So Carly Fiorina is no longer the most powerful woman in business, or at least, the most powerful employed woman in business. Hewlett-Packard let her go today after months of speculation that there would be a shakeup. Quoted in the Merc, "While I regret the board and I have differences about how to execute HP's strategy, I respect their decision...HP is a great company and I wish all the people of HP much success in the future." She also added "But they better not set foot on the island I'm gonna buy." Okay, she didn't say that.

According to HP's press release, Robert P. Wayman will be the acting CEO and Patricia C. Dunn will take over chairmanship of the board, though in a non-executive role. Institutional investors on Wall Street have suggested that the company would be better off if it spun-off it's profitable printer division, but no noises from Palo Alto have been made to suggest that it will happen. While no specific reason besides "differences with the board" has been announced, we're going to have to think that that terrible HP iPod idea can't have helped. Fiorina also presided over the controversial merger with Compaq computers which pitted her against founder Bill Hewlett's son Walter, who was the most vocal critic of the deal and publicly voiced the concerns shared by many disgruntled employees and investors.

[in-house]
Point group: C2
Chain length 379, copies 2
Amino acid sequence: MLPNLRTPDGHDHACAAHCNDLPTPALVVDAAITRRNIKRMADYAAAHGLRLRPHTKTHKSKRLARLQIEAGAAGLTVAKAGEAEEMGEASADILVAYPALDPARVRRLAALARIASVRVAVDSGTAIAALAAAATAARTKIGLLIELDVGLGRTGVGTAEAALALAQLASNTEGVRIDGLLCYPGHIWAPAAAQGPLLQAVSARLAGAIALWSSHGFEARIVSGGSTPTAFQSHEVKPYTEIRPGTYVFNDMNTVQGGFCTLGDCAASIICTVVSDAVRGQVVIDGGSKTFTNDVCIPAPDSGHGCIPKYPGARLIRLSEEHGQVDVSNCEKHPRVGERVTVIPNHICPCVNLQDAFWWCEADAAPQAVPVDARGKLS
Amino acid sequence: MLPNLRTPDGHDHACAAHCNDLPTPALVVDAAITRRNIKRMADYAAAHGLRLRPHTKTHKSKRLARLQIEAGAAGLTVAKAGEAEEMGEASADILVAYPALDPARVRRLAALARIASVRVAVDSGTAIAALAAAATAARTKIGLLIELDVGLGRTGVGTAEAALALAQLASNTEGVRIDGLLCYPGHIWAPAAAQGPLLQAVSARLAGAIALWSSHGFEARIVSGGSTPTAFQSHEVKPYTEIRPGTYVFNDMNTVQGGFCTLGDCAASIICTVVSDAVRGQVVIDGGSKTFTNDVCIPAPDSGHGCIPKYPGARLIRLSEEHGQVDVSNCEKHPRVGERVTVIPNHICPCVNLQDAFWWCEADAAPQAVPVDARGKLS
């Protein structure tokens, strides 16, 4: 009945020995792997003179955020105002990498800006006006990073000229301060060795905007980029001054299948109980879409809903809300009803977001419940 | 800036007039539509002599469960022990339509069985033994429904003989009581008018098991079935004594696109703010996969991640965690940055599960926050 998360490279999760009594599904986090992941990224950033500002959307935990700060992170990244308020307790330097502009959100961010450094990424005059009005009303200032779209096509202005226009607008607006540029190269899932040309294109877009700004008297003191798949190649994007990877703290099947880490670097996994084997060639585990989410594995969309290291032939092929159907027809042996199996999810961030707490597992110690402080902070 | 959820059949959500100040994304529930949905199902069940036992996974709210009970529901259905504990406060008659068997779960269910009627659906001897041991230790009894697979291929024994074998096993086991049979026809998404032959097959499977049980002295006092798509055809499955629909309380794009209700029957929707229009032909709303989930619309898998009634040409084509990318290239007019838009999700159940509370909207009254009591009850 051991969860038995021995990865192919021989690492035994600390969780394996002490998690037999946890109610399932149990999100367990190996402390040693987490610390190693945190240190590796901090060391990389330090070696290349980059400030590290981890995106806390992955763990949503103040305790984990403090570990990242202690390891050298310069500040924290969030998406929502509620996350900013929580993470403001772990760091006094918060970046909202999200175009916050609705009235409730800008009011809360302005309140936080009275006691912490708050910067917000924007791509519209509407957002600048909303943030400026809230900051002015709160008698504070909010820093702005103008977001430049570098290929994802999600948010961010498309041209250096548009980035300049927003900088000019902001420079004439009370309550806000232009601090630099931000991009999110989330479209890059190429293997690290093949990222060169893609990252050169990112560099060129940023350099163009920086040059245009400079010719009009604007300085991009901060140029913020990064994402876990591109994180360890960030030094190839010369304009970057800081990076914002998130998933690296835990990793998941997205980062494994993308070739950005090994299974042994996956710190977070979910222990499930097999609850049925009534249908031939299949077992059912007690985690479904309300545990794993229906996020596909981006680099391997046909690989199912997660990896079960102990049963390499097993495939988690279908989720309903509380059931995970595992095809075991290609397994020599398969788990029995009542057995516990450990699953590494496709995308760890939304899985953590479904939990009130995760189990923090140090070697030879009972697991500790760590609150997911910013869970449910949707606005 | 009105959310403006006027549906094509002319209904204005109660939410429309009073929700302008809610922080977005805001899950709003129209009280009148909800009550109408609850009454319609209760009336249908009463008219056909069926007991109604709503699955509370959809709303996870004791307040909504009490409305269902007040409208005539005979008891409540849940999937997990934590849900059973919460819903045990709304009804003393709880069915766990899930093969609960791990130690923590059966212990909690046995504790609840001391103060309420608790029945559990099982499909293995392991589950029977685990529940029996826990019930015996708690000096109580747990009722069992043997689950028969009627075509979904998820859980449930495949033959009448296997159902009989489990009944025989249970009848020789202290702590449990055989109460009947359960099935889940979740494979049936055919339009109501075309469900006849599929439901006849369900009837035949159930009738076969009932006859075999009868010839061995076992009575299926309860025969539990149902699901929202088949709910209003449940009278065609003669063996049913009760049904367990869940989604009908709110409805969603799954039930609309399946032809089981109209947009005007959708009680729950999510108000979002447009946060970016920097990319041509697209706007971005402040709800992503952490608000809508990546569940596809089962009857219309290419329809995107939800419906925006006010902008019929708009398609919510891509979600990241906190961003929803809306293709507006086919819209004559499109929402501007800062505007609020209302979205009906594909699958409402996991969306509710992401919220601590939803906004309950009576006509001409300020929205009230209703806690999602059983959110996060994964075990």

Dan Gillmor, who had the journalistic equivalent of an amputee's "ghost itch" when he found out, "[C]an't resist noting that, once again, corporate America's movers and shakers are rewarding failure, this time to the tune of a $21 million 'severance package.' It's how things work for CEOs: Succeed and you get millions. Fail and you get millions." Hey, we met that guy tonight, about four hours after his post went up! We're sure the Mercury News will have all sorts of coverage and analysis, but none from him. For that, you'll have to stay right here in the blogosphere.

AP photo by Joe Cavaretta, via SFGate.